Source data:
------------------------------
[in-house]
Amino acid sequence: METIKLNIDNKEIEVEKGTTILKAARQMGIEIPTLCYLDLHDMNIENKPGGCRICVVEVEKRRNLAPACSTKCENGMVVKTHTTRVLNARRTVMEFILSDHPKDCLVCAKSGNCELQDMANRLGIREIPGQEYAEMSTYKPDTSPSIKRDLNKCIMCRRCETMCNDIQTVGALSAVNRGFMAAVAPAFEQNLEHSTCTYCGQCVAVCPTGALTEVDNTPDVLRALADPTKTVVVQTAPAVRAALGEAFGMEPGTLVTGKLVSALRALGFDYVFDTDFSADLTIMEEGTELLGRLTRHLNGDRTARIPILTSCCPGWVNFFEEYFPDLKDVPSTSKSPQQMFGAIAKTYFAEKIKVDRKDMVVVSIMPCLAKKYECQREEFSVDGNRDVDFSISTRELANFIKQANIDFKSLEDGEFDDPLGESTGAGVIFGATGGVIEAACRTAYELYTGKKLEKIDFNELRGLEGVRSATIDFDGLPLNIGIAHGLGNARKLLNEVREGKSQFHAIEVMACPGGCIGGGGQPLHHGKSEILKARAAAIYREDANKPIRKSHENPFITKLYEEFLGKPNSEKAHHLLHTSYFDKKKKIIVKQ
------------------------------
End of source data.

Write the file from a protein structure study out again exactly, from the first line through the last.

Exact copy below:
[in-house]
Amino acid sequence: METIKLNIDNKEIEVEKGTTILKAARQMGIEIPTLCYLDLHDMNIENKPGGCRICVVEVEKRRNLAPACSTKCENGMVVKTHTTRVLNARRTVMEFILSDHPKDCLVCAKSGNCELQDMANRLGIREIPGQEYAEMSTYKPDTSPSIKRDLNKCIMCRRCETMCNDIQTVGALSAVNRGFMAAVAPAFEQNLEHSTCTYCGQCVAVCPTGALTEVDNTPDVLRALADPTKTVVVQTAPAVRAALGEAFGMEPGTLVTGKLVSALRALGFDYVFDTDFSADLTIMEEGTELLGRLTRHLNGDRTARIPILTSCCPGWVNFFEEYFPDLKDVPSTSKSPQQMFGAIAKTYFAEKIKVDRKDMVVVSIMPCLAKKYECQREEFSVDGNRDVDFSISTRELANFIKQANIDFKSLEDGEFDDPLGESTGAGVIFGATGGVIEAACRTAYELYTGKKLEKIDFNELRGLEGVRSATIDFDGLPLNIGIAHGLGNARKLLNEVREGKSQFHAIEVMACPGGCIGGGGQPLHHGKSEILKARAAAIYREDANKPIRKSHENPFITKLYEEFLGKPNSEKAHHLLHTSYFDKKKKIIVKQ